Children 3 and up can make Valentines at the Hearts and Crafts story time at BHPL this Saturday, February 12 at 10:30 a.m.

There's no reason adults can't make valentines, too. Here are some ideas:
Martha Stewart Valentine Crafts
Crocheted Heart Patterns
Valentine's Day candy
Valentine's Day desserts . . .

Monday, February 7, 2011

Feed by M. T. Anderson

Feed is a dystopian novel set in the United States of the future, in which 73% of Americans have an Internet "feed" implanted in their brains. The feed blasts advertising, music and movies, and lets people "chat" each other instead of speaking out loud. (Initially, I thought this meant texting, but then one of the characters asks another if he can read, so I think chatting is more like a private phone call.)

Feed begins when teenagers Titus and his friends, including a clone of Abraham Lincoln, go to the moon for spring break and their feeds get hacked. Titus meets his girlfriend, Violet, there, and after the hacking she begins to experiment with her feed, questioning whether it is a good thing. Feed is a short novel - mostly slangy teen dialogue - but it brings up interesting issues about the future of consumption, American society and technology. The library's evening book group will have a lot to discuss at their meeting tomorrow, February 8 at 7:30 p.m. Questions are available here.

M.T. Anderson discusses Feed on his website. You can also read his acceptance speech for the Boston Globe/Horn Book Award that Feed received. His next teen novel, The Astonishing Life of Octavian Nothing, Traitor to the Nation, Part I: The Pox Party (try looking that up in a library catalog), won the National Book Award for Young People's Literature in 2006.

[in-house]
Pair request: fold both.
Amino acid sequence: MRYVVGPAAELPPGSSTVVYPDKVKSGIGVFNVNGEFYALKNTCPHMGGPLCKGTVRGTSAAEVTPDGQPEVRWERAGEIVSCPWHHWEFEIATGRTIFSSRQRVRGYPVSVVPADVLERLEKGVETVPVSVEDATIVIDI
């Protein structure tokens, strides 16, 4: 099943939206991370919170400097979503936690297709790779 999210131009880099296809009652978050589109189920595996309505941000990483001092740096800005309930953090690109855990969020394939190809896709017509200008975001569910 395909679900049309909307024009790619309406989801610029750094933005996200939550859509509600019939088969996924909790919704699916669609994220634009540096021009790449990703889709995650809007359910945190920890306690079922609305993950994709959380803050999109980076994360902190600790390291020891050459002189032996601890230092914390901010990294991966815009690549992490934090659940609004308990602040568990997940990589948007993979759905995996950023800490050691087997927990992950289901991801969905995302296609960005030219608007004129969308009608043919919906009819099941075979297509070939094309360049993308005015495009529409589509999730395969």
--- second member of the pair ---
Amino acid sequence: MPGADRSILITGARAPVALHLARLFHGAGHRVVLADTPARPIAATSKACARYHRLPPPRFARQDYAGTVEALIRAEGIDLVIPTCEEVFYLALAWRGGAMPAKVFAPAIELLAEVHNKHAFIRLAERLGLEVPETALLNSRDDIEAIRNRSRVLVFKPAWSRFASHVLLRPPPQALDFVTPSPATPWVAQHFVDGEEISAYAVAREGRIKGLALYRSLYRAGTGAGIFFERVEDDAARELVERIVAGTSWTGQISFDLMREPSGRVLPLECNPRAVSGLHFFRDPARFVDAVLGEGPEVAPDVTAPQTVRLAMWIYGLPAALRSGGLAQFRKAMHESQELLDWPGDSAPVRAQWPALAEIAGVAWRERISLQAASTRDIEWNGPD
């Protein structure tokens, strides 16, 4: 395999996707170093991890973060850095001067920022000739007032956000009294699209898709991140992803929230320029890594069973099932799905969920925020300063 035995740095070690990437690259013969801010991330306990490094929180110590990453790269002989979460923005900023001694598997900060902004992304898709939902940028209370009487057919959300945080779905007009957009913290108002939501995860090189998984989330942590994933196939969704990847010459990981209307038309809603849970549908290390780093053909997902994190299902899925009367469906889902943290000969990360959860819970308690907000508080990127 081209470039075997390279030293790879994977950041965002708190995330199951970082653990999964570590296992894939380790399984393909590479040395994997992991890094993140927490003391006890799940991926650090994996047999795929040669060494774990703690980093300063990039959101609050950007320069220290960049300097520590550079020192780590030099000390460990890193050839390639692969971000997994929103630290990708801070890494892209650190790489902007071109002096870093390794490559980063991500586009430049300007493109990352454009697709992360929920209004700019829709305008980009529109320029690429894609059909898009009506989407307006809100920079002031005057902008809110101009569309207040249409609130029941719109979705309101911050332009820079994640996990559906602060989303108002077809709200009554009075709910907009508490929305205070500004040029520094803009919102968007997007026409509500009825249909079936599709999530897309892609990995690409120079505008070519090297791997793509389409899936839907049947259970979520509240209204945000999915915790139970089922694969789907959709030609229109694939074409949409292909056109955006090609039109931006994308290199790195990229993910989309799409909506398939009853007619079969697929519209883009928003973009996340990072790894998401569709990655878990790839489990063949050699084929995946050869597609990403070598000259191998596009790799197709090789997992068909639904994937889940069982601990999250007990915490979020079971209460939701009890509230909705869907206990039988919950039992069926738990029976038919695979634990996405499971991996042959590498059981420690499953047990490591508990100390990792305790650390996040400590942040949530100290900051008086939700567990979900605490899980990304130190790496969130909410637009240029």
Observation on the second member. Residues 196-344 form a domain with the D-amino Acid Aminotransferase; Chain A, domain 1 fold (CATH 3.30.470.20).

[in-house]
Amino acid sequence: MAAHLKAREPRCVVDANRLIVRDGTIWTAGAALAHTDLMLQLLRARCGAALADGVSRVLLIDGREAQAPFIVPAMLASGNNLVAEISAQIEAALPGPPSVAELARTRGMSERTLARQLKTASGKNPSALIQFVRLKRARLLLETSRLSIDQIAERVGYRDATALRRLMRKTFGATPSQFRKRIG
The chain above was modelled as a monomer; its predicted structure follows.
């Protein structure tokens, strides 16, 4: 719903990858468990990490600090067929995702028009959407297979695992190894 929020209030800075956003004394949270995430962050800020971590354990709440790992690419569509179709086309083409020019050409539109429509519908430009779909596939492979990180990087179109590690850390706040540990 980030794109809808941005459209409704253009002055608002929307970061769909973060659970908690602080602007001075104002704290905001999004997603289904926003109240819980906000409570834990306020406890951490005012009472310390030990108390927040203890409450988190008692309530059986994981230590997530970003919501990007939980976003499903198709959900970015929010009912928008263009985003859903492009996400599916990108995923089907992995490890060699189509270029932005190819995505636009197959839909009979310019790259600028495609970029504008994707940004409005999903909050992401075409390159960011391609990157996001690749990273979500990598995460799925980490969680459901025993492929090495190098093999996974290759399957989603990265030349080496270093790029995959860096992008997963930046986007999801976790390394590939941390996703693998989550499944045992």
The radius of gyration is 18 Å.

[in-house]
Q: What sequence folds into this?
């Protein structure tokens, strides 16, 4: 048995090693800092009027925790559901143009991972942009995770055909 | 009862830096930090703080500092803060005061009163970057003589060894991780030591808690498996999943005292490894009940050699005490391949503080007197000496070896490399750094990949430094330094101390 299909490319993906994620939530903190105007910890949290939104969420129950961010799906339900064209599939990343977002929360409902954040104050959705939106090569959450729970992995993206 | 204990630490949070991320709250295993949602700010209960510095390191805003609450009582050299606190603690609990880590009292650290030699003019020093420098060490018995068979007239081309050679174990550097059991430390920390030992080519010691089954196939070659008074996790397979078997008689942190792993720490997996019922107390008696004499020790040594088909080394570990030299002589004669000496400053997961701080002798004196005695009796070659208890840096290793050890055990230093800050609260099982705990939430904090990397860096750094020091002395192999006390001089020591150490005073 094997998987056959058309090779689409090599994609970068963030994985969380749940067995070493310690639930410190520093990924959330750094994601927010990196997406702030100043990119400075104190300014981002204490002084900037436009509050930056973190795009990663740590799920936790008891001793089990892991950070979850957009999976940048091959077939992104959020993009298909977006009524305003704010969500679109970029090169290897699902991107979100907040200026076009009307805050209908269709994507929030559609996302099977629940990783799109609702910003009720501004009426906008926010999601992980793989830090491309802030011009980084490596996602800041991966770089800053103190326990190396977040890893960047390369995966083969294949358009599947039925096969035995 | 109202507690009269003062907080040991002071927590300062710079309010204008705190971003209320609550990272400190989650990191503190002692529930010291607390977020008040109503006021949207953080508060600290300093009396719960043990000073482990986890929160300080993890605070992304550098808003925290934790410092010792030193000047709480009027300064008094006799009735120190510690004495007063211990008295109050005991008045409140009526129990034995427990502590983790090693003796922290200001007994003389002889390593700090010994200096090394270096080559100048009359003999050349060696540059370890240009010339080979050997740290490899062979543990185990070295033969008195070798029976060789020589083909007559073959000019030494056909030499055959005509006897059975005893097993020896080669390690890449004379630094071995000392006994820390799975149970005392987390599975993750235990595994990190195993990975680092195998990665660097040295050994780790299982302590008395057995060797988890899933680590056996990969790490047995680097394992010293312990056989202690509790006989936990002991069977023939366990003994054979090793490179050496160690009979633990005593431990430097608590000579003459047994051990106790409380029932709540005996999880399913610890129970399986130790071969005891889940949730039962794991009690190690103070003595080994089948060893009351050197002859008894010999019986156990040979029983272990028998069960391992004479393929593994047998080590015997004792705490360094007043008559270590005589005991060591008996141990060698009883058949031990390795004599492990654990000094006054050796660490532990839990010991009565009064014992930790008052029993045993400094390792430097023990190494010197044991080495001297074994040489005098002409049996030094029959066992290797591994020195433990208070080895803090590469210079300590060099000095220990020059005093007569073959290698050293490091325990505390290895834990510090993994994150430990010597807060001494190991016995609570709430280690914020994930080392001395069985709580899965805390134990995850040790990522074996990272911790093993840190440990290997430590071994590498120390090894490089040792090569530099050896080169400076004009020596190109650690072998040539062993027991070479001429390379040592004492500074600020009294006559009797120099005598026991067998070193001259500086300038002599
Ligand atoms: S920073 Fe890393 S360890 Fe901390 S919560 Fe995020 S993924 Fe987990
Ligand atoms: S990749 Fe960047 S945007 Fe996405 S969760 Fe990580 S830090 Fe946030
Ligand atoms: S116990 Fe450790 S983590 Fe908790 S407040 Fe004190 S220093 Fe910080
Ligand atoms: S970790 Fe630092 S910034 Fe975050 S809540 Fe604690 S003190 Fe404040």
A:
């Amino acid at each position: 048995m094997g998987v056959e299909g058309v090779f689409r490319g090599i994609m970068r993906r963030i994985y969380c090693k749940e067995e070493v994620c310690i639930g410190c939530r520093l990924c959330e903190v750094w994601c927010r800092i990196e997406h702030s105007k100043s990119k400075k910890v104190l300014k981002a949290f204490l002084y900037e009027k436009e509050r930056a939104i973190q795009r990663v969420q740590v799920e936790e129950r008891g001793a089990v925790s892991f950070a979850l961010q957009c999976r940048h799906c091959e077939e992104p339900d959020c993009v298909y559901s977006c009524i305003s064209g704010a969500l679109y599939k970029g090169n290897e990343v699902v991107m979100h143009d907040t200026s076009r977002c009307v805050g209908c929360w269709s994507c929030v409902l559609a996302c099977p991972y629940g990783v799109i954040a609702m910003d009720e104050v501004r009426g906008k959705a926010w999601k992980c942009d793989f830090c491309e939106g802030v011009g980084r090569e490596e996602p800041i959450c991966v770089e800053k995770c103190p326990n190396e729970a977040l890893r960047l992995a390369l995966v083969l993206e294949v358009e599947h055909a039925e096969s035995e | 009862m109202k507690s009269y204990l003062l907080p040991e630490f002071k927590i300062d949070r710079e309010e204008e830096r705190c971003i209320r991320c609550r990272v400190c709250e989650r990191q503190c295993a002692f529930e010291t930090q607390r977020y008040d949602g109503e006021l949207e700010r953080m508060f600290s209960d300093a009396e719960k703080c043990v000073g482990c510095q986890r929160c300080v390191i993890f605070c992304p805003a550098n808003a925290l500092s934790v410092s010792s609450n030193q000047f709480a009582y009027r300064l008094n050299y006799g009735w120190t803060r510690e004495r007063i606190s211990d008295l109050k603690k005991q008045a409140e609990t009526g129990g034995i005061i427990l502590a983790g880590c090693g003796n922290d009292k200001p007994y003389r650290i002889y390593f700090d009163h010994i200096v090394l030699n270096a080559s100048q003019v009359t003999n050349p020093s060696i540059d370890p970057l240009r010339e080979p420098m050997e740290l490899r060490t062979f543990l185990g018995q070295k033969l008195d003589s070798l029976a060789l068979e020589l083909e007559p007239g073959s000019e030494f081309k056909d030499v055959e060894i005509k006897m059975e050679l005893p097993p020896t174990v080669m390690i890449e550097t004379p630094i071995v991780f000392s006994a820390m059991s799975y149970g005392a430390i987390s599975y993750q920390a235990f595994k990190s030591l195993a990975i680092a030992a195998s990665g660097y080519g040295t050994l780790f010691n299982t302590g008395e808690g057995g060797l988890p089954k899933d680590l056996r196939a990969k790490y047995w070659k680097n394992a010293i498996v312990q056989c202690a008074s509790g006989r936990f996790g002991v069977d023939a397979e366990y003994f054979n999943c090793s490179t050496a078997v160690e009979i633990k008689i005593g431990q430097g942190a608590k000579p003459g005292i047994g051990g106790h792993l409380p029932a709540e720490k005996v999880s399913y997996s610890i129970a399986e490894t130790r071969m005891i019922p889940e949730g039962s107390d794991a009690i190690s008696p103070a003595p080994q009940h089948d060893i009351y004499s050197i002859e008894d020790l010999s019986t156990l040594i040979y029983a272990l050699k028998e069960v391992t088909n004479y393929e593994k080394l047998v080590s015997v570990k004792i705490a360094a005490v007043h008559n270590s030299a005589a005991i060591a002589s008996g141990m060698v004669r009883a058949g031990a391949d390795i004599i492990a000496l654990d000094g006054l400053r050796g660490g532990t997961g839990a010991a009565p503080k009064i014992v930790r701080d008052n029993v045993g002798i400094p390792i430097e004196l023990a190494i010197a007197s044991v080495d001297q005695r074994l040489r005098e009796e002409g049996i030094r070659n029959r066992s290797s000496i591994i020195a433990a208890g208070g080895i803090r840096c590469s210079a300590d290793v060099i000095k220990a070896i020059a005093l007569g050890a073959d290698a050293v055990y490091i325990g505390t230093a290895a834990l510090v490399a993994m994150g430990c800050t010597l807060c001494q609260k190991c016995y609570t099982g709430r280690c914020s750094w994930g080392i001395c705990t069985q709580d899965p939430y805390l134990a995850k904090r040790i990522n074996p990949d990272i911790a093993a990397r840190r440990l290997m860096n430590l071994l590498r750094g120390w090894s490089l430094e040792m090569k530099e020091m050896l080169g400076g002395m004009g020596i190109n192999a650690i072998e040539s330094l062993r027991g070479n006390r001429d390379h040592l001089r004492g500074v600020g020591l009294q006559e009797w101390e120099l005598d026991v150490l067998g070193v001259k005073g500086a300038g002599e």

I have a few discussion questions to add to the others floating around on the Internet:

1. Read page 160 (hardcover edition). What new meaning or connotation does Violet's outburst give to the title of the book, Feed?

2. This book was written in 2001. Do any parts of it feel outdated to you, or does it seem timeless? Is it already coming true?

3. Reread pages 76 and 122 in the hardcover edition. Who do you think is responsible for the "nudging"? What do you think the motives of the hacker on the moon were?

4. How does page 174 (hardcover) change the way you thought about Violet's To Do List?

Friday, February 4, 2011

The Coffee Trader by David Liss

The library's First Friday of the Month Book Group discussed David Liss' historical novel The Coffee Trader this morning. In 1659 Amsterdam, home of the world's first commodities exchange, Miguel Lienzo takes a daring chance in the emerging coffee markets. Miguel is a Portuguese Jew, a converso, who has escaped from the terror of the Inquisition to the relative tolerance of Holland to become a commodities trader. He has won and lost a fortune in sugar and other goods and now gambles everything on coffee.
The reading group members all thought The Coffee Trader painted a vivid and fascinating portrait of Amsterdam in the 17th century in all it's diversity, vibrant business and shipping markets, and it's sleezy, filthy underside too. We didn't feel that the characters were as well-developed as the historical background details. We all agreed that the book's pace was a bit slow at times, but despite that everyone was interested enough in the story to finish the book.

We were very lucky to have our Dutch-born book group member fill in the background  of Dutch history and culture for us. Thanks, Nita!

This book would interest readers of historical fiction, the history of business and stock trading, and the history of Sephardic Jews in Europe.